with a 28-105 for £250, a Tokina 19-35 for £70, a Sigma 28-70 f2.8 for
    £60 (fstopcameras), a Sunpak flash for £35, and a Tamron 70-300 new from
    AjPurdy for £100. Chuck in a 2gb card and an extra battery and I've
    spent a smidgen under £600, I wouldn't swap for the slr-like ;) All that
    kit should be sharper than the slr-like cameras, and of course once the
    budget has recovered a bit I hope to improve some of the lenses with
    some even sharper kit, Tamrons one for starters (bit soft 200-300), but
    be warned this can get addictive, I only got the camera a few weeks
    before christmas and built up the rest since.

    [1] If you are v v v patient some people put them up buy it nows for
    less than £200, bargain and a half, I've missed all those though.
    Jon B, Mar 29, 2006
  15. Dmed-

    I'm sure that lens was fine for your needs when you bought it. You could
    have spent much more money for finer lenses, but you might not notice the
    improvement if you had your photos printed postcard size.

    Yes, you can use that lens with a Canon digital body. If you still print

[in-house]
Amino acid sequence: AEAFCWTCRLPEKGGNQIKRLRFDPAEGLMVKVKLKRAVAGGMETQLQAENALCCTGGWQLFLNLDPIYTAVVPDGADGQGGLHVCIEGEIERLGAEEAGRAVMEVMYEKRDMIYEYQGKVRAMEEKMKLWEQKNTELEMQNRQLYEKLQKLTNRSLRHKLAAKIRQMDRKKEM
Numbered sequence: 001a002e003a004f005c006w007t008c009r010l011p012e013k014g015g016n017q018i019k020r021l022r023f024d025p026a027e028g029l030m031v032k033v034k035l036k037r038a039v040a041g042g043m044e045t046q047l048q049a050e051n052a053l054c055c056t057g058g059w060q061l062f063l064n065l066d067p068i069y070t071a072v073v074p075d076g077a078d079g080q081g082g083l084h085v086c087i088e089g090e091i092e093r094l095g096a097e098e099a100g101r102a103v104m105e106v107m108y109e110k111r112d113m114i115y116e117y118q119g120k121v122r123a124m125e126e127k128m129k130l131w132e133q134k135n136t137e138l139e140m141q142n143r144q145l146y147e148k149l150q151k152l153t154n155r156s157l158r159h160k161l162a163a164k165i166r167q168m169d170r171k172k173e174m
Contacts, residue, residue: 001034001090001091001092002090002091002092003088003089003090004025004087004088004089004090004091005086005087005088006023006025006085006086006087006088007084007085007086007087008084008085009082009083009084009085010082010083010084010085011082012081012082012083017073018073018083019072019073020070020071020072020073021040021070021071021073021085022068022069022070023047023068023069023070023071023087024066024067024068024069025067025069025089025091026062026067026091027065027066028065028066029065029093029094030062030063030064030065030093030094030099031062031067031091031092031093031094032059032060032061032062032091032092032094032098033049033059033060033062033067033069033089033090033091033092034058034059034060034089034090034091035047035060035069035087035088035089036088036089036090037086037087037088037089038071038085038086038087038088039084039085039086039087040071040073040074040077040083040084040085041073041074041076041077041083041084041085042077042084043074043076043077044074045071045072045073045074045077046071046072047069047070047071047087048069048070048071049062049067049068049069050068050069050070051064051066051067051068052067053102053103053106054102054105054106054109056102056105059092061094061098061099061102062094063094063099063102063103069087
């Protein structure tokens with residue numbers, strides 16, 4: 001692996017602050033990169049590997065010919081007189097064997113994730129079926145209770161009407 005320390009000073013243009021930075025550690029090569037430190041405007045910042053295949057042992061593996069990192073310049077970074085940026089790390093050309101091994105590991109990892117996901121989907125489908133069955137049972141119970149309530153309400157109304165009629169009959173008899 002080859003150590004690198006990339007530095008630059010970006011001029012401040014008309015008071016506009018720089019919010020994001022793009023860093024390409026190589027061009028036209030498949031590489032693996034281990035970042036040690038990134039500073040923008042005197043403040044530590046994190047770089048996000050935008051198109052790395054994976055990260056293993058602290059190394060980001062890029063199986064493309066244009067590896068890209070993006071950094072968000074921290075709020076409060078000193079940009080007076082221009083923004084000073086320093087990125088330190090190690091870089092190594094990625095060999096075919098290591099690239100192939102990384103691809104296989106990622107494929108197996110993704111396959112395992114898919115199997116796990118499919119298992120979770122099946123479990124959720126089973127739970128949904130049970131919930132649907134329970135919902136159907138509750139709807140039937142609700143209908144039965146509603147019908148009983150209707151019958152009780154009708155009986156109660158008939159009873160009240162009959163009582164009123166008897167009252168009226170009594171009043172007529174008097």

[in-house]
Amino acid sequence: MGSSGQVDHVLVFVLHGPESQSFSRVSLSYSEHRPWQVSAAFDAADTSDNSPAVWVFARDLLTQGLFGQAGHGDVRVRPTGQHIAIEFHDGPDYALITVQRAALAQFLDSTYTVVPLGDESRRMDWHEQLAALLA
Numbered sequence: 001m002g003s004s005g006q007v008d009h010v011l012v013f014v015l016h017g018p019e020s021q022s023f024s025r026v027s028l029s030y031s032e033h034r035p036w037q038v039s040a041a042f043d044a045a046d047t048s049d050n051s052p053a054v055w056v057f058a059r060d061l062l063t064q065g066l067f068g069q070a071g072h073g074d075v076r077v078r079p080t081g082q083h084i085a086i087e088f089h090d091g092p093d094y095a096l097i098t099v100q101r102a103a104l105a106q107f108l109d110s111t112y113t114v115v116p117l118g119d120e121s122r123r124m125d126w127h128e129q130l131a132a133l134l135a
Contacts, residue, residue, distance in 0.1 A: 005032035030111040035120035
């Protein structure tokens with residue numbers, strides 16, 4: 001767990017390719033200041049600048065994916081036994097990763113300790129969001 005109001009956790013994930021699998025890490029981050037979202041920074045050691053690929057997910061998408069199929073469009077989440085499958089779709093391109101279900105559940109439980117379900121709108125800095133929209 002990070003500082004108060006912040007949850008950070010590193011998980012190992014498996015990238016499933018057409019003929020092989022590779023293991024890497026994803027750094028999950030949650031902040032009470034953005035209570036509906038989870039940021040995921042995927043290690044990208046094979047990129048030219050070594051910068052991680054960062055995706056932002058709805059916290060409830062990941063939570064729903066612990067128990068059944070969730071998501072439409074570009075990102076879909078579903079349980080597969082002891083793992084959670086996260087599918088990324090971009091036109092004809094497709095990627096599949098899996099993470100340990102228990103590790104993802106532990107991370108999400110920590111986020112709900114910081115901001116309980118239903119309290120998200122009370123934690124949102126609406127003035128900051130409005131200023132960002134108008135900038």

postcard-size photos, it may still be satisfactory. But it may not.

    Since the digital sensor of most digital cameras is smaller than a 35mm
    film frame, a greater amount of enlargement is required to get to the same
    size print. If there are any shortcomings in the lens, they will be
    amplified by the same factor. In fact, you will likely enlarge your
    digital photos much more since it is easy to do in your computer.

    Your least expensive path would appear to be to purchase a Canon 350 and
    use your old lens. For just a little more, you might get one that has the
    "kit" lens. This would allow a more normal zoom range. Your old 35-80
    zoom lens is equivalent to 52.5-120 mm because of the small digital
    sensor's "crop factor". And, by choosing Canon you would be able to use
    most other Canon-system equipment you may have.

    If you decide not to use the old lens, and don't have an investment in